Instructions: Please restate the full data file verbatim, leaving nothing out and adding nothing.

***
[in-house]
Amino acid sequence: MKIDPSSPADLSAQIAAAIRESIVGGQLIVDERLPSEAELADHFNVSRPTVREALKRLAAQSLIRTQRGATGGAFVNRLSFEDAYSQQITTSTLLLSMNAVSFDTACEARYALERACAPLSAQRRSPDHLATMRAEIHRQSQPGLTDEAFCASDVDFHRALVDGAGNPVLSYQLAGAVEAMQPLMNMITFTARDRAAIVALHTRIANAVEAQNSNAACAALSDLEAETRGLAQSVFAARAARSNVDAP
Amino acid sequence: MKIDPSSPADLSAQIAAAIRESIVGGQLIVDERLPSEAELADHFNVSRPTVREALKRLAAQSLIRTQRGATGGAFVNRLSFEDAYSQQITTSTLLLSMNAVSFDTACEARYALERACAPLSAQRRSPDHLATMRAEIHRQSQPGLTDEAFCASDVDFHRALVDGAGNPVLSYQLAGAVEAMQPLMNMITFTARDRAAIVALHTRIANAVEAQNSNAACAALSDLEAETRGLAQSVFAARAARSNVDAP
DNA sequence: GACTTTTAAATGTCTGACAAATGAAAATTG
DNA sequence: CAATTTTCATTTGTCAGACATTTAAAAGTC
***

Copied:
[in-house]
Amino acid sequence: MKIDPSSPADLSAQIAAAIRESIVGGQLIVDERLPSEAELADHFNVSRPTVREALKRLAAQSLIRTQRGATGGAFVNRLSFEDAYSQQITTSTLLLSMNAVSFDTACEARYALERACAPLSAQRRSPDHLATMRAEIHRQSQPGLTDEAFCASDVDFHRALVDGAGNPVLSYQLAGAVEAMQPLMNMITFTARDRAAIVALHTRIANAVEAQNSNAACAALSDLEAETRGLAQSVFAARAARSNVDAP
Amino acid sequence: MKIDPSSPADLSAQIAAAIRESIVGGQLIVDERLPSEAELADHFNVSRPTVREALKRLAAQSLIRTQRGATGGAFVNRLSFEDAYSQQITTSTLLLSMNAVSFDTACEARYALERACAPLSAQRRSPDHLATMRAEIHRQSQPGLTDEAFCASDVDFHRALVDGAGNPVLSYQLAGAVEAMQPLMNMITFTARDRAAIVALHTRIANAVEAQNSNAACAALSDLEAETRGLAQSVFAARAARSNVDAP
DNA sequence: GACTTTTAAATGTCTGACAAATGAAAATTG
DNA sequence: CAATTTTCATTTGTCAGACATTTAAAAGTC